A priest friend once told me that of all the funerals he has to preside at, the hardest are those for people who have committed suicide. Long gone are the days when they were denied a funeral, consigned to unconsecrated ground, but still the grief and the guilt among the living is keenest for those who wonder, without hope of answer, if they could have done something else, something more, to stop what happened.
A strength of this book is the realisation that, no, the living are not guilty and, just as importantly, neither are the dead. For it’s not that those who commit suicide want to die but rather that they can no longer bear the pain of living.
O’Connor’s book usefully surveys the research on reasons for suicide, ways to prevent suicide among those at risk, and how the living can cope with how the dead departed. It does not make for light reading but, should it be be necessary and please God it shall not be, then this is a good place to start to try to understand something that remains, at its dark heart, without understanding.
If you only ever read one book on military history, make it this one. For where most other books of military history deal with the how, where and what of men at arms, Keegan’s magnificent book examines the ‘why’. Why is warfare perhaps mankind’s oldest occupation? In tackling this question, Keegan goes deeper even than Clausewitz, who memorably set out to demonstrate that warfare is politics by other means, for war is older than politics.
War, Keegan demonstrates, is one of the ineluctable facets of human culture and, as such, is shaped by that culture as well as shaping it. So what we might call ‘styles’ of warfare differ considerably among different cultures. When cultures were widely separated by the difficulties of travel, these different war styles operated independently within a wider cultural grouping. Thus, the Indians of the American plains counted coup – touching an enemy – rather than necessarily killing them (although this existed alongside a martial culture’s contempt for physical pain, which meant that captives could be mercilessly tortured and, crucially, the captive accepted the torture as a chance to demonstrate his own courage).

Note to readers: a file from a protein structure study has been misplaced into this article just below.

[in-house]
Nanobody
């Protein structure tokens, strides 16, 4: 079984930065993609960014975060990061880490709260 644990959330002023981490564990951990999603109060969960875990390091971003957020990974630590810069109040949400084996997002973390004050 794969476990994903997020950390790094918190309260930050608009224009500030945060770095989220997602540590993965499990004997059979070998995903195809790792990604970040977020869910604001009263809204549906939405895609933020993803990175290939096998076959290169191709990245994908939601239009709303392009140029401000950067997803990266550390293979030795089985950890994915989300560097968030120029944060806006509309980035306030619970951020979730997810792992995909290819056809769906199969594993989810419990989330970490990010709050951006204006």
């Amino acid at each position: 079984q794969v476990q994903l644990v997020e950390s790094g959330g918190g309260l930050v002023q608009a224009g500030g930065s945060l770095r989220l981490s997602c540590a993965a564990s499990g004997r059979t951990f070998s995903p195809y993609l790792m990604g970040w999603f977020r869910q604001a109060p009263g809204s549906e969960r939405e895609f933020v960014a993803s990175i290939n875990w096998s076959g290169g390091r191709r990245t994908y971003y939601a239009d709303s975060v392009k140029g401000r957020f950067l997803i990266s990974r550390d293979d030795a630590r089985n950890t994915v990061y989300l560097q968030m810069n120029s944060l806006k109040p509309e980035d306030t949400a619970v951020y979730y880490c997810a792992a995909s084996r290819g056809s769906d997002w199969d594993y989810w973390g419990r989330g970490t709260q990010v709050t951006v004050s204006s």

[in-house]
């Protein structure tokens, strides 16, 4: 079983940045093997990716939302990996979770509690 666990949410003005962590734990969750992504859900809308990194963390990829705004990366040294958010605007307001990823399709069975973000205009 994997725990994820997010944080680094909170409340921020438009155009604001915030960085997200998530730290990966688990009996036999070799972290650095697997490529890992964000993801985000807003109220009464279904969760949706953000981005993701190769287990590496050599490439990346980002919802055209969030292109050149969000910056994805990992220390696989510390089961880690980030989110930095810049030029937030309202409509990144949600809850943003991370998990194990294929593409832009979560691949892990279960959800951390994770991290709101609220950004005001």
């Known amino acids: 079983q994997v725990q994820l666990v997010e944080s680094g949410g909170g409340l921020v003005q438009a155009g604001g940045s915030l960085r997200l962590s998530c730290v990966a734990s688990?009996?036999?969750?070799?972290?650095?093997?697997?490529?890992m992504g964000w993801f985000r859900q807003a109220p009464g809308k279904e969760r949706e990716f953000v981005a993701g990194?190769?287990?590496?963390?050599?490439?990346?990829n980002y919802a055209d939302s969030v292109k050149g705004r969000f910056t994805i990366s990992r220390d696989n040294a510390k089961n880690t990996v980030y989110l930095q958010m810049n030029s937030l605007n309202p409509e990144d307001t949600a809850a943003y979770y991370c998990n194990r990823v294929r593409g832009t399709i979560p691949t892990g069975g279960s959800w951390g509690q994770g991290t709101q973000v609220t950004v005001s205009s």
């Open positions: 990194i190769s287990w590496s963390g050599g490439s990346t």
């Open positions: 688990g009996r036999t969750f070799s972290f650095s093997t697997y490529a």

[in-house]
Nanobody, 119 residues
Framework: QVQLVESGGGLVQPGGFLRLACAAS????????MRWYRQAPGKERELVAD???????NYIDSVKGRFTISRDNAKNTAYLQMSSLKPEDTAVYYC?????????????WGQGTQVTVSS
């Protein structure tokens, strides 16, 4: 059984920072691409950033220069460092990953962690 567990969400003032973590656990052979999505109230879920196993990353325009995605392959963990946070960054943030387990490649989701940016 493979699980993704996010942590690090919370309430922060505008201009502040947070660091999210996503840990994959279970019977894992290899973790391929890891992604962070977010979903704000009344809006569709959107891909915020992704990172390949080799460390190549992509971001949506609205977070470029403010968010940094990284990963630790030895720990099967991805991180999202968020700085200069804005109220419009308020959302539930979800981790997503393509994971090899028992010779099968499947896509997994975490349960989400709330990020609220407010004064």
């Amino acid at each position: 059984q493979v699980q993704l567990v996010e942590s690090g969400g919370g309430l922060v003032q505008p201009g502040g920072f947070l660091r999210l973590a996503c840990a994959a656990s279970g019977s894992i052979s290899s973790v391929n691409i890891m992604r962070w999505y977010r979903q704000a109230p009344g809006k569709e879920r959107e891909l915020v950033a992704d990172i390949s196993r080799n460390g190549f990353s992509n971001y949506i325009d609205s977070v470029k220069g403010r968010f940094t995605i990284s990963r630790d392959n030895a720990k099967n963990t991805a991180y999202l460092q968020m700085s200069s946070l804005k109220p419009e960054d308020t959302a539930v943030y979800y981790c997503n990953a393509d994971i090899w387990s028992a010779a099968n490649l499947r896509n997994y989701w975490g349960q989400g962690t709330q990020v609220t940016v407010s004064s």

What’s changed about warfare is that it is becoming homogenised. Three millennia ago, when the tiny Greek city states fought savagely among themselves, their citizen armies could not long stay from their fields. So there grew up among them a new way of warfare: the set-piece battle, where one side was annihilated and the victors took the spoils. Among most other cultures, battles were either more formalised or less decisive: better to retreat with few losses than risk everything.
But the success of Alexander and his armies, who brought this all-or-nothing attitude to battle to Persia and, with it, destroyed the Persian Empire, brought about the gradual spread of the Greek way of war so that now it is played through most of the world, with the only other model the asymetric warfare of insurgency.
Read Keegan’s book to understand how war and culture are inextricably intertwined, each affecting the other in their lethal dance through the centuries.
Fan though I am of Koontz’s novel, Innocence, to which this is a short story prequel, I have to admit that it’s a slight tale of Addison Goodheart’s childhood that does not add anything to what was said in the source novel. One for Koontz completists only (of which there must be some but, given the man’s extraordinary work ethic, I suspect few people successfully keep up with him).